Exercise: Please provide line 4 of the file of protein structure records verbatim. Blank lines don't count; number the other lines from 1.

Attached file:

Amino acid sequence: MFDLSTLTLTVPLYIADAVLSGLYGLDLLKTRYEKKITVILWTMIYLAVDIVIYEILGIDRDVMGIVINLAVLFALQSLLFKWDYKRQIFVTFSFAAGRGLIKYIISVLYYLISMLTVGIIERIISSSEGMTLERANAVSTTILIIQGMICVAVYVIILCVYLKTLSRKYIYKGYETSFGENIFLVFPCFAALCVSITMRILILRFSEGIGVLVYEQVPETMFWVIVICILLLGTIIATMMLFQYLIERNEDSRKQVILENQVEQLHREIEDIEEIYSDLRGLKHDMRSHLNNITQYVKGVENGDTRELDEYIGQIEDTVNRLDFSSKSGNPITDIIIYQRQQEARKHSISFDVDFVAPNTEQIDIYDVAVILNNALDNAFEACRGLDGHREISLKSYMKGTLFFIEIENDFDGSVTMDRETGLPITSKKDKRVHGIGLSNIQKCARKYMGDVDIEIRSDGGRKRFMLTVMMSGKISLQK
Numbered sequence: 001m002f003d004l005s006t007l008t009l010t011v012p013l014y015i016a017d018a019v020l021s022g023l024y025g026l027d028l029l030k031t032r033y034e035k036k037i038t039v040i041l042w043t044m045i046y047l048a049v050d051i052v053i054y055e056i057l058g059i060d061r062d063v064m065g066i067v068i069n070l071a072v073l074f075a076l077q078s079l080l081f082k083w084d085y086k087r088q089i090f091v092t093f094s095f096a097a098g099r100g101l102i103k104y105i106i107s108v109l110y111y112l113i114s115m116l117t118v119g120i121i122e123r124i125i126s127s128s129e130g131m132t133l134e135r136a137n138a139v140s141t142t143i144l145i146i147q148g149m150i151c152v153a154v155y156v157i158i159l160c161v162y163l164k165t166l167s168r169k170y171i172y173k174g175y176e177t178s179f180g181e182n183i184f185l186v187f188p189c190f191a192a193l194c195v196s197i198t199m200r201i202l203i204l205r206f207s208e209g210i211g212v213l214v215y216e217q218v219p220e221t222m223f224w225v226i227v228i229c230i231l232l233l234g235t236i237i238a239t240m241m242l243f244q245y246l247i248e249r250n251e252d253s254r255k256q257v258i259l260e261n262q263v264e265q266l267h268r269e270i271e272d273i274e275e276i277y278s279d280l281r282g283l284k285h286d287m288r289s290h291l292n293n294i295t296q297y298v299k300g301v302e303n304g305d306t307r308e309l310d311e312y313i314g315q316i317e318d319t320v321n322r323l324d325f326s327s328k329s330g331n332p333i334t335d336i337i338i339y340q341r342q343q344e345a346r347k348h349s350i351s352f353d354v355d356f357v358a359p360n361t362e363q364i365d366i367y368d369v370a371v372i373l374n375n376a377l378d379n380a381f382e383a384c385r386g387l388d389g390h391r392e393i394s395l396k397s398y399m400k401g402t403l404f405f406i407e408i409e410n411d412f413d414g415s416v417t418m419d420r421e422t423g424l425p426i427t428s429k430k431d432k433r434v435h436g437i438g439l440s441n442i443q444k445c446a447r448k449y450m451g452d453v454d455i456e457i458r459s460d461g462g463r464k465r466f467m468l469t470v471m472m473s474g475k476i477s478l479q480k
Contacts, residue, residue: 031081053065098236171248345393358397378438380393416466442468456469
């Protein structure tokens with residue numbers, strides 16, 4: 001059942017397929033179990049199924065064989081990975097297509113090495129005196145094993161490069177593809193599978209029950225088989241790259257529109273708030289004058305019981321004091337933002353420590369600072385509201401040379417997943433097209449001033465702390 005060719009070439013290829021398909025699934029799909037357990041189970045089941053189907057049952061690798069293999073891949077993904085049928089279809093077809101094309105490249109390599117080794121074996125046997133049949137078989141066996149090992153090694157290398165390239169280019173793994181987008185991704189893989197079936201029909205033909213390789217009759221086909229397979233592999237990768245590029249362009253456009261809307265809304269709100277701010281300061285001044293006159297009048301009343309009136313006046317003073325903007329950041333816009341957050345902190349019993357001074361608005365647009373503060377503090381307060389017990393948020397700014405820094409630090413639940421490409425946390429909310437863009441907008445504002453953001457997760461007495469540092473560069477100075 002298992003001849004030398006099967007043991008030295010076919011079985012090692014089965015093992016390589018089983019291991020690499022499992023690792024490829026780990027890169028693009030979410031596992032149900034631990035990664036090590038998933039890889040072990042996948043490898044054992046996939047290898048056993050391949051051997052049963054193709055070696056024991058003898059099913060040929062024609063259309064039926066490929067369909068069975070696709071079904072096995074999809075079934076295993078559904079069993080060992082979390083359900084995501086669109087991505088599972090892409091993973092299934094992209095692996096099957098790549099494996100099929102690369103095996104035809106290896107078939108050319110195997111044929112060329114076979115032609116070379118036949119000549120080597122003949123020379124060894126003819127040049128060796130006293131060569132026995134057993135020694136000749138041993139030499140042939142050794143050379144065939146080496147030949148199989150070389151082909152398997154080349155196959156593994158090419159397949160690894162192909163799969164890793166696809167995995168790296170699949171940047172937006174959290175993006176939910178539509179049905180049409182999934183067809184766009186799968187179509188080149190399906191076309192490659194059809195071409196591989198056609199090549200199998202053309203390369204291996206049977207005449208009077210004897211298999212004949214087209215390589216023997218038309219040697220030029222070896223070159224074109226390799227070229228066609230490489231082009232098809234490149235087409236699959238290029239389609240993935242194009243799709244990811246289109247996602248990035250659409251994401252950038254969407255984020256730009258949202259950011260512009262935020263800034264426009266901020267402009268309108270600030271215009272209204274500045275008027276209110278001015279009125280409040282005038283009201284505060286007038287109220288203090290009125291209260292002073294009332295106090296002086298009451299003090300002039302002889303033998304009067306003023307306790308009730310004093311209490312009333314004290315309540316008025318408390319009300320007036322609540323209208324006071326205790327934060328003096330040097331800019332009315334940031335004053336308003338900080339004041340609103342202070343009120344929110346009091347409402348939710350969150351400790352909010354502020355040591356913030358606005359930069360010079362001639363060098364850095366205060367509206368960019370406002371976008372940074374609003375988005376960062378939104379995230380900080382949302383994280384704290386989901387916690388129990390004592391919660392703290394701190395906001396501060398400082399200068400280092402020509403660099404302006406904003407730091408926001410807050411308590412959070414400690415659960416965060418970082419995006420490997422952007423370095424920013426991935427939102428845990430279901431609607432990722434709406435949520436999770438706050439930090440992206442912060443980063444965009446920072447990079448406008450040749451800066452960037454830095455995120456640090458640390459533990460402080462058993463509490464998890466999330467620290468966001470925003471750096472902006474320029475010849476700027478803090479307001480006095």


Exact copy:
């Protein structure tokens with residue numbers, strides 16, 4: 001059942017397929033179990049199924065064989081990975097297509113090495129005196145094993161490069177593809193599978209029950225088989241790259257529109273708030289004058305019981321004091337933002353420590369600072385509201401040379417997943433097209449001033465702390 005060719009070439013290829021398909025699934029799909037357990041189970045089941053189907057049952061690798069293999073891949077993904085049928089279809093077809101094309105490249109390599117080794121074996125046997133049949137078989141066996149090992153090694157290398165390239169280019173793994181987008185991704189893989197079936201029909205033909213390789217009759221086909229397979233592999237990768245590029249362009253456009261809307265809304269709100277701010281300061285001044293006159297009048301009343309009136313006046317003073325903007329950041333816009341957050345902190349019993357001074361608005365647009373503060377503090381307060389017990393948020397700014405820094409630090413639940421490409425946390429909310437863009441907008445504002453953001457997760461007495469540092473560069477100075 002298992003001849004030398006099967007043991008030295010076919011079985012090692014089965015093992016390589018089983019291991020690499022499992023690792024490829026780990027890169028693009030979410031596992032149900034631990035990664036090590038998933039890889040072990042996948043490898044054992046996939047290898048056993050391949051051997052049963054193709055070696056024991058003898059099913060040929062024609063259309064039926066490929067369909068069975070696709071079904072096995074999809075079934076295993078559904079069993080060992082979390083359900084995501086669109087991505088599972090892409091993973092299934094992209095692996096099957098790549099494996100099929102690369103095996104035809106290896107078939108050319110195997111044929112060329114076979115032609116070379118036949119000549120080597122003949123020379124060894126003819127040049128060796130006293131060569132026995134057993135020694136000749138041993139030499140042939142050794143050379144065939146080496147030949148199989150070389151082909152398997154080349155196959156593994158090419159397949160690894162192909163799969164890793166696809167995995168790296170699949171940047172937006174959290175993006176939910178539509179049905180049409182999934183067809184766009186799968187179509188080149190399906191076309192490659194059809195071409196591989198056609199090549200199998202053309203390369204291996206049977207005449208009077210004897211298999212004949214087209215390589216023997218038309219040697220030029222070896223070159224074109226390799227070229228066609230490489231082009232098809234490149235087409236699959238290029239389609240993935242194009243799709244990811246289109247996602248990035250659409251994401252950038254969407255984020256730009258949202259950011260512009262935020263800034264426009266901020267402009268309108270600030271215009272209204274500045275008027276209110278001015279009125280409040282005038283009201284505060286007038287109220288203090290009125291209260292002073294009332295106090296002086298009451299003090300002039302002889303033998304009067306003023307306790308009730310004093311209490312009333314004290315309540316008025318408390319009300320007036322609540323209208324006071326205790327934060328003096330040097331800019332009315334940031335004053336308003338900080339004041340609103342202070343009120344929110346009091347409402348939710350969150351400790352909010354502020355040591356913030358606005359930069360010079362001639363060098364850095366205060367509206368960019370406002371976008372940074374609003375988005376960062378939104379995230380900080382949302383994280384704290386989901387916690388129990390004592391919660392703290394701190395906001396501060398400082399200068400280092402020509403660099404302006406904003407730091408926001410807050411308590412959070414400690415659960416965060418970082419995006420490997422952007423370095424920013426991935427939102428845990430279901431609607432990722434709406435949520436999770438706050439930090440992206442912060443980063444965009446920072447990079448406008450040749451800066452960037454830095455995120456640090458640390459533990460402080462058993463509490464998890466999330467620290468966001470925003471750096472902006474320029475010849476700027478803090479307001480006095």